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Erotic Spirituality
An Interview with Dr. Deborah Taj Anapol
by Carl McColman

CM: How did you become involved in your quest to reclaim the sacred dimension of sexuality?

Dr D: My quest started as a teenager in a typical repressed New England village. As a newcomer to puritan New England, having been raised in slightly more liberal circumstances, I was not about to allow my sexuality to be taken from me. I instinctively knew that sex was the source of my spiritual power, and through early explorations discovered it was a way to contact my core Self—that inner spark of the Divine. Through sexual encounters I was able to access ancient memories of energy pathways within the body that could open the heart and induce altered states of consciousness. But how to make those around me understand that a sexually awakened woman is not a slut but rather a priestess and a healer? How to overcome the double standard that applauds a sexually active man for being stud while judging his consorts as whores? How to transform the cultural view of sexual pleasure as sinful and dirty into a realization that sexual pleasure is sacred and potentially a source of peace and harmony and healing?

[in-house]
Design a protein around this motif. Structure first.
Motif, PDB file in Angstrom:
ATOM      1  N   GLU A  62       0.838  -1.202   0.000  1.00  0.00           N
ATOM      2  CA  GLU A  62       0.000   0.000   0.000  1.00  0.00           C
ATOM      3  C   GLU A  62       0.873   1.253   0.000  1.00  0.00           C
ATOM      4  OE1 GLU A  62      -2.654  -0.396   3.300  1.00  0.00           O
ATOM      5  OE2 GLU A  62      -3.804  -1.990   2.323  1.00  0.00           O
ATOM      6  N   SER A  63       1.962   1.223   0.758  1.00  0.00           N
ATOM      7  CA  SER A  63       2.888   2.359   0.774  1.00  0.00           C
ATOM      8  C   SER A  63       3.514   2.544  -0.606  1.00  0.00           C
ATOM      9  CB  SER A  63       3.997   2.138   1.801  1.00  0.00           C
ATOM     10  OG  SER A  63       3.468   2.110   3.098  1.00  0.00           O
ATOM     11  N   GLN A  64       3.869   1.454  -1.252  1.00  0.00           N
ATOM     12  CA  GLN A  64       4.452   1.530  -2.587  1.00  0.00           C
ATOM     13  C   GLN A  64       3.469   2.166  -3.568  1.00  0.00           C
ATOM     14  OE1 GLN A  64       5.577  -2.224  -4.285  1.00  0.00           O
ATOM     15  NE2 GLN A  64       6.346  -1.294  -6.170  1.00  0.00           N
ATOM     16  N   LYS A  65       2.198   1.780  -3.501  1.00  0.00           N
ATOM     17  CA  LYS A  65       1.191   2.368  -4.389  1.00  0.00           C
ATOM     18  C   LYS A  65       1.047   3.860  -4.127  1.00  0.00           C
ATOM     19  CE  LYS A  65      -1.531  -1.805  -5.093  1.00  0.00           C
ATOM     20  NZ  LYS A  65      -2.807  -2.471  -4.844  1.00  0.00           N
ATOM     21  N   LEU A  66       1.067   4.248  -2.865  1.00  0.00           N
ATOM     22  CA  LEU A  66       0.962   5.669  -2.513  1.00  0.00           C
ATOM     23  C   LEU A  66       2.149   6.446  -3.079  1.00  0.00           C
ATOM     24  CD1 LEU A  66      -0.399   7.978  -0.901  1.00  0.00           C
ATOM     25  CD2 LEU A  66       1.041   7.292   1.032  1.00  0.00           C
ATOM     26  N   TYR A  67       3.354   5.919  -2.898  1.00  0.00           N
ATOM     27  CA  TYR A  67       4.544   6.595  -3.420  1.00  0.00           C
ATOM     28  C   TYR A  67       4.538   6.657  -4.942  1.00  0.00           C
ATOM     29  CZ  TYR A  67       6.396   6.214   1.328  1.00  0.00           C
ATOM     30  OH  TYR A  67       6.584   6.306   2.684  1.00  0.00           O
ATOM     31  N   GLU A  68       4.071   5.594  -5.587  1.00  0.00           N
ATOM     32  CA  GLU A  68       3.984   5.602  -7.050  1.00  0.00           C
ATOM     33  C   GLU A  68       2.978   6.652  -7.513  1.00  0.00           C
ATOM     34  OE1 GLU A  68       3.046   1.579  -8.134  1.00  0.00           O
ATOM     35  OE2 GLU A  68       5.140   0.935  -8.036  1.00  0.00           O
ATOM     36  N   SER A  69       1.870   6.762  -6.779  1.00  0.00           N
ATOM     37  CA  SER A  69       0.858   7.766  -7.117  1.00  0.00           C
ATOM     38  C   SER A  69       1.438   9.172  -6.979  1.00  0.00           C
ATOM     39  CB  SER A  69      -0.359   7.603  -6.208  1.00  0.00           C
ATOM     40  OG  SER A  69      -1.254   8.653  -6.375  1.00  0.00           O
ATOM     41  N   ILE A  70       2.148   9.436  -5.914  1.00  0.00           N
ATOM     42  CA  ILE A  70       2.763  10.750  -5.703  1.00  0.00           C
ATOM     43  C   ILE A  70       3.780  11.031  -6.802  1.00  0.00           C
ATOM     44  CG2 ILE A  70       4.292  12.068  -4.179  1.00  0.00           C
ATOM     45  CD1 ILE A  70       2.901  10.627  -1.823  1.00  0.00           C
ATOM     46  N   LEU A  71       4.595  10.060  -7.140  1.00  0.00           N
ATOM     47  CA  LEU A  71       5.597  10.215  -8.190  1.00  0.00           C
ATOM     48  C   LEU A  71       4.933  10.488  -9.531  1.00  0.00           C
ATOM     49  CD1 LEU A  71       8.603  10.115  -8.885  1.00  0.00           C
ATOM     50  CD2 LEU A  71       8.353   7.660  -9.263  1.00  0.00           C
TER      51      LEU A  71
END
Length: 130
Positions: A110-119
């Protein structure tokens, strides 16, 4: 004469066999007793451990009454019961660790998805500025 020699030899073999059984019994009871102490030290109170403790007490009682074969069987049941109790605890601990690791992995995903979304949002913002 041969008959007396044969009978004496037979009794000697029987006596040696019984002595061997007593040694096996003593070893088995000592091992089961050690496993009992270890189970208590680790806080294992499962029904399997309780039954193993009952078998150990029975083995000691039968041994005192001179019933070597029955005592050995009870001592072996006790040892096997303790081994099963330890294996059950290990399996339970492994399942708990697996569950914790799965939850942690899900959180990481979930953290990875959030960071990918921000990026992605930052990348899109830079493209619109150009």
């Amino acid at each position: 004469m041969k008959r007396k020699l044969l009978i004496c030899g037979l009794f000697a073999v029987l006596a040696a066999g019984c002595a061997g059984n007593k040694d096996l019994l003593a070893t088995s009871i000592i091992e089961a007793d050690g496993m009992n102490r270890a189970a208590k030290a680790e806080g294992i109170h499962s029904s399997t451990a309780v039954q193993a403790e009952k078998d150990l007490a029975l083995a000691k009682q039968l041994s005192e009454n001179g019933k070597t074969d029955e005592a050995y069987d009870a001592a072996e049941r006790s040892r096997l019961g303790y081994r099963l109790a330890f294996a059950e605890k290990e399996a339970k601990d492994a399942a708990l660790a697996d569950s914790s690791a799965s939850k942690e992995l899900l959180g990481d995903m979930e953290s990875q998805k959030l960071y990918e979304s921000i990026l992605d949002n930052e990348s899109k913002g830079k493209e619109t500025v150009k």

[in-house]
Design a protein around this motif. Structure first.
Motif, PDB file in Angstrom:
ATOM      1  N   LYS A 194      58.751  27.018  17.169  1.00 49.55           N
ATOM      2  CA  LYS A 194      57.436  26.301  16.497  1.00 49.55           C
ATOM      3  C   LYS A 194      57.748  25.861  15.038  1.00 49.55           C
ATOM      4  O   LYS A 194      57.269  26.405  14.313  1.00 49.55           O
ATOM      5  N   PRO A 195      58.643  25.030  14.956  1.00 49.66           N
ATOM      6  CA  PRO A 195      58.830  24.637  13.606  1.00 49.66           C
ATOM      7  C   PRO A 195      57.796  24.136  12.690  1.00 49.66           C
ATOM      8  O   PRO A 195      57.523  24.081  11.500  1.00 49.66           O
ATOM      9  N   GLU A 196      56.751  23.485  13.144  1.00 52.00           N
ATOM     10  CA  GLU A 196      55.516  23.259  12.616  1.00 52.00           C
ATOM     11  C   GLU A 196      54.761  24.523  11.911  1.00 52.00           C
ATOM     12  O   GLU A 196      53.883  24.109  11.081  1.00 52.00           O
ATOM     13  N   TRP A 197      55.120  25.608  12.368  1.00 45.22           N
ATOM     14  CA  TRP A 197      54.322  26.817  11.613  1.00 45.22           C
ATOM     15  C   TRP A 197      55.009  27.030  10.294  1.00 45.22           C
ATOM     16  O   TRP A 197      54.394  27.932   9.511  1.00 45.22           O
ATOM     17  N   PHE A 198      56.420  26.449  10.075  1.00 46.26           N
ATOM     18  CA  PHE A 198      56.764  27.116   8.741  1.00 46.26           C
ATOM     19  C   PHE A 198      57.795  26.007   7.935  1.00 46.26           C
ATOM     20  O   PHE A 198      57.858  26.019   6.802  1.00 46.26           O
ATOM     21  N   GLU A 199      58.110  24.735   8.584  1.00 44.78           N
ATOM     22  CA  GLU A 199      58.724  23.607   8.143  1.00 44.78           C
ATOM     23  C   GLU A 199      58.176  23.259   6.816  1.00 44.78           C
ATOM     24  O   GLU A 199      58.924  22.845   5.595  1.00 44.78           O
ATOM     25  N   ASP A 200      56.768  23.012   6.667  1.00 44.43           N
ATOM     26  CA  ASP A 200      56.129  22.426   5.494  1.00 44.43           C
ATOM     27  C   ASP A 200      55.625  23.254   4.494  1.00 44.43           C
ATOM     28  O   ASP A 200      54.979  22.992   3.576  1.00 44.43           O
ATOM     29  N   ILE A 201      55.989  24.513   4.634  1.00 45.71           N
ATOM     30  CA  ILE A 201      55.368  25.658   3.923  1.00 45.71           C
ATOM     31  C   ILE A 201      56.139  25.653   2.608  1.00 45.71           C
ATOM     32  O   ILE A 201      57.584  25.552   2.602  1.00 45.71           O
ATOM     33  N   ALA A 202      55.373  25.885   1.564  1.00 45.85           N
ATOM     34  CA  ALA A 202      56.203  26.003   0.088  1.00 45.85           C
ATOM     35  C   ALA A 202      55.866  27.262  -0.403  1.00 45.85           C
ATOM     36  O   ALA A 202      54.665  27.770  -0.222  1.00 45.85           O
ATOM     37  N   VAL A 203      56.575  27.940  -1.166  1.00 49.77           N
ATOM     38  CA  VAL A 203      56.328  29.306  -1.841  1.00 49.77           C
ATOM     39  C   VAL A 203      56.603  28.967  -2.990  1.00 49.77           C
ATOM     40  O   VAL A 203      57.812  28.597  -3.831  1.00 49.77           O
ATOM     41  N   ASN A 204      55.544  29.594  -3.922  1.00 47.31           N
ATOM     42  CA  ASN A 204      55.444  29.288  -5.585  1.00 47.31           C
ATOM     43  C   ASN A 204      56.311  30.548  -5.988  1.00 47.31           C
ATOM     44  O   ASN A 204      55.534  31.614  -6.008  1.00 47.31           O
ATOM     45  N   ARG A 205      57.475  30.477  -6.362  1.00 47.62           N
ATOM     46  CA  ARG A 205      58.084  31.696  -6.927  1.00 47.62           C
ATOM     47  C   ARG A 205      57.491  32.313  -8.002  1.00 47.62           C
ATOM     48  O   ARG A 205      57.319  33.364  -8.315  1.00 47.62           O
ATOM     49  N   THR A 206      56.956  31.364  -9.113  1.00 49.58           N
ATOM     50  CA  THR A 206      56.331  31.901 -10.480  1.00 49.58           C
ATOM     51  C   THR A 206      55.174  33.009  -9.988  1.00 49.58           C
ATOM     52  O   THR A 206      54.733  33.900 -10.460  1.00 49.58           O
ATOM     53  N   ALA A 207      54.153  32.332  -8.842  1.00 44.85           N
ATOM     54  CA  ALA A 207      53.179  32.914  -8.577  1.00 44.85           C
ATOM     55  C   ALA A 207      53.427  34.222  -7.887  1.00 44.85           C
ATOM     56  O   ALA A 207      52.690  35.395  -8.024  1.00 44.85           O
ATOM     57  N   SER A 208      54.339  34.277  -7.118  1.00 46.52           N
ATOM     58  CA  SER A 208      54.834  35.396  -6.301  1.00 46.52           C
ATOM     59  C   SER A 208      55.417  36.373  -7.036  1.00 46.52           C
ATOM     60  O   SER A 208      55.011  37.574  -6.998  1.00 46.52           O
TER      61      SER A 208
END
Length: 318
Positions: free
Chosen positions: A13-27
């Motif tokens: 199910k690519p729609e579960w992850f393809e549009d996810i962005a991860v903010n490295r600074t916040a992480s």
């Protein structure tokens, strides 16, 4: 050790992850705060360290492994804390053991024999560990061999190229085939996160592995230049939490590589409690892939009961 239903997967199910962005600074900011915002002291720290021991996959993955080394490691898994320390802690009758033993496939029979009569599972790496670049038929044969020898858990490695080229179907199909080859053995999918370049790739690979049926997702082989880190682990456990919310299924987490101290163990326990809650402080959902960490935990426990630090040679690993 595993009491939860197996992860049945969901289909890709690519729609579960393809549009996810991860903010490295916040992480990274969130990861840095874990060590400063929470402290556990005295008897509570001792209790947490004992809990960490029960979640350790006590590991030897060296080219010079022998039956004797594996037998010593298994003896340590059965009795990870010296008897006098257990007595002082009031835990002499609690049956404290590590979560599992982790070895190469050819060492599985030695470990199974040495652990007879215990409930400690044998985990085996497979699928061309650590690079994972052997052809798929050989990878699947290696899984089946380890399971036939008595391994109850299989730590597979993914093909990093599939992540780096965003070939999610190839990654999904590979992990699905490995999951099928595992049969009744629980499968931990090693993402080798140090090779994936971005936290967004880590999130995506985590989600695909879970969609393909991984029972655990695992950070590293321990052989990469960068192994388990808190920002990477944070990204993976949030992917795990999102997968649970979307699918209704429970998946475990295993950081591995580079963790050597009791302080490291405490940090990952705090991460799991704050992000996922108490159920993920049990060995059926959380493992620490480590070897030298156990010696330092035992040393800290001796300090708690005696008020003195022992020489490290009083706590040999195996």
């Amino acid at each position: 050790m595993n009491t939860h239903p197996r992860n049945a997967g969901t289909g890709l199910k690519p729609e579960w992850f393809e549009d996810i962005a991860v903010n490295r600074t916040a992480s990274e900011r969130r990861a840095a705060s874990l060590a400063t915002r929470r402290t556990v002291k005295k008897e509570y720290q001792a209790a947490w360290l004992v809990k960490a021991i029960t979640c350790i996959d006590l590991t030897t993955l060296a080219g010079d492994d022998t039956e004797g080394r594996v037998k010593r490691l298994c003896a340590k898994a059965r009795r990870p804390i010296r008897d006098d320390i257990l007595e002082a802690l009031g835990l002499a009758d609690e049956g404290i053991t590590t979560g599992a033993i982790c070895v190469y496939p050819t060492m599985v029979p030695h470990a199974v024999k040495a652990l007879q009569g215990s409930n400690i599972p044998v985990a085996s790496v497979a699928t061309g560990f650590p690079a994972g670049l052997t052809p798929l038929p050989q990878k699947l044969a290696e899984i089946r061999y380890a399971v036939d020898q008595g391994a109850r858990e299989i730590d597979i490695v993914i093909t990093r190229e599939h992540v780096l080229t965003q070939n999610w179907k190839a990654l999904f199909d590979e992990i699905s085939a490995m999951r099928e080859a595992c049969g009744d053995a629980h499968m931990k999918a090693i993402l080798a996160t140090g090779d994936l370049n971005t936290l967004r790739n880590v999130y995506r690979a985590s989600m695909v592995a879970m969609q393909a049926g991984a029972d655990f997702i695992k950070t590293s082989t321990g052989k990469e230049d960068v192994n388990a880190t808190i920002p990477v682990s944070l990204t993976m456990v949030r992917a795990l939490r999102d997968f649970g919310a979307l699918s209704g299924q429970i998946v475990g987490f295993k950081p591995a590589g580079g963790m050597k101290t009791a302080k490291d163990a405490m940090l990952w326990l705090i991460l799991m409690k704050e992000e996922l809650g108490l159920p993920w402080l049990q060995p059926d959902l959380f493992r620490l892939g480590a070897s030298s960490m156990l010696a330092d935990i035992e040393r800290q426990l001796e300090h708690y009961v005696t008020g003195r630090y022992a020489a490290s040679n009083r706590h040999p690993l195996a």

These questions led me to graduate school at the University of Washington where I was trained in Masters and Johnson style sex therapy in the late seventies. At that time the UW psychology department, under the direction of the late Dr. Nathaniel Wagner, was accomplishing much pioneering work in human sexuality, but the spiritual dimensions of sex were not being addressed in academia. I wanted to go study in India, but fortunately it wasn’t feasible for me. I say fortunately because as Daniel Odier relates in his beautiful book, Tantric Quest, it took him many years of searching to find a Tantric master in India. As it turned out I discovered incredible teachers right here in the Pacific Northwest!

CM: What is the difference between "sacred sexuality" and "Tantra"? How would you define Tantra?